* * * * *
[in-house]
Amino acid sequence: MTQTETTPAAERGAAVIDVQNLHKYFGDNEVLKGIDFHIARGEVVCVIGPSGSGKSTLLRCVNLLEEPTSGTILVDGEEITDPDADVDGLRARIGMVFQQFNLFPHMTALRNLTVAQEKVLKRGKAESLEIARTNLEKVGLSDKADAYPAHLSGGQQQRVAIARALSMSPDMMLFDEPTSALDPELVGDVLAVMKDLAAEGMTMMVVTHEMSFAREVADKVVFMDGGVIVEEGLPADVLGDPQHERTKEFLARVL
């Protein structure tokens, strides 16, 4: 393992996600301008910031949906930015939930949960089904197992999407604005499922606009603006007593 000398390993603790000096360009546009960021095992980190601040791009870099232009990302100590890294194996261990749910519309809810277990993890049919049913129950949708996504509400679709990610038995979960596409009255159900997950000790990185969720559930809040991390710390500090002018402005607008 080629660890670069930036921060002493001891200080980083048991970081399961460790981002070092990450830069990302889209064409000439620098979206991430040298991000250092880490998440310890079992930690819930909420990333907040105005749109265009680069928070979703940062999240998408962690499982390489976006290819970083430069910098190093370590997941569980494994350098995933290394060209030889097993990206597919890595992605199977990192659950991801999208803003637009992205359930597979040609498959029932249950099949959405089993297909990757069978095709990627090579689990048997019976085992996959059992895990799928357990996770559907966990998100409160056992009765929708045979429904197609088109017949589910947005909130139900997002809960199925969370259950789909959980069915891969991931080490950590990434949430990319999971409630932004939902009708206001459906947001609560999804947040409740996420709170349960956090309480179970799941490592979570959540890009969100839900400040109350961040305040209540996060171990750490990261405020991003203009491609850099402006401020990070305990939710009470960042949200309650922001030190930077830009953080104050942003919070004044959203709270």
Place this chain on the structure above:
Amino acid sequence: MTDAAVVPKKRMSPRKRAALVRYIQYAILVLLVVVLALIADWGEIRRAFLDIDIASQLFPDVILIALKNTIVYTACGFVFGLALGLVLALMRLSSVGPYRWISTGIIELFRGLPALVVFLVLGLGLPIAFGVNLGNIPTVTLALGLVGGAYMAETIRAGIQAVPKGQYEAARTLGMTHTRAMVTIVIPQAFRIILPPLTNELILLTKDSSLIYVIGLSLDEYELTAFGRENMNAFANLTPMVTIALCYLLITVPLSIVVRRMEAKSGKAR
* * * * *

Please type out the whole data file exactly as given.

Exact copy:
[in-house]
Amino acid sequence: MTQTETTPAAERGAAVIDVQNLHKYFGDNEVLKGIDFHIARGEVVCVIGPSGSGKSTLLRCVNLLEEPTSGTILVDGEEITDPDADVDGLRARIGMVFQQFNLFPHMTALRNLTVAQEKVLKRGKAESLEIARTNLEKVGLSDKADAYPAHLSGGQQQRVAIARALSMSPDMMLFDEPTSALDPELVGDVLAVMKDLAAEGMTMMVVTHEMSFAREVADKVVFMDGGVIVEEGLPADVLGDPQHERTKEFLARVL
């Protein structure tokens, strides 16, 4: 393992996600301008910031949906930015939930949960089904197992999407604005499922606009603006007593 000398390993603790000096360009546009960021095992980190601040791009870099232009990302100590890294194996261990749910519309809810277990993890049919049913129950949708996504509400679709990610038995979960596409009255159900997950000790990185969720559930809040991390710390500090002018402005607008 080629660890670069930036921060002493001891200080980083048991970081399961460790981002070092990450830069990302889209064409000439620098979206991430040298991000250092880490998440310890079992930690819930909420990333907040105005749109265009680069928070979703940062999240998408962690499982390489976006290819970083430069910098190093370590997941569980494994350098995933290394060209030889097993990206597919890595992605199977990192659950991801999208803003637009992205359930597979040609498959029932249950099949959405089993297909990757069978095709990627090579689990048997019976085992996959059992895990799928357990996770559907966990998100409160056992009765929708045979429904197609088109017949589910947005909130139900997002809960199925969370259950789909959980069915891969991931080490950590990434949430990319999971409630932004939902009708206001459906947001609560999804947040409740996420709170349960956090309480179970799941490592979570959540890009969100839900400040109350961040305040209540996060171990750490990261405020991003203009491609850099402006401020990070305990939710009470960042949200309650922001030190930077830009953080104050942003919070004044959203709270």
Place this chain on the structure above:
Amino acid sequence: MTDAAVVPKKRMSPRKRAALVRYIQYAILVLLVVVLALIADWGEIRRAFLDIDIASQLFPDVILIALKNTIVYTACGFVFGLALGLVLALMRLSSVGPYRWISTGIIELFRGLPALVVFLVLGLGLPIAFGVNLGNIPTVTLALGLVGGAYMAETIRAGIQAVPKGQYEAARTLGMTHTRAMVTIVIPQAFRIILPPLTNELILLTKDSSLIYVIGLSLDEYELTAFGRENMNAFANLTPMVTIALCYLLITVPLSIVVRRMEAKSGKAR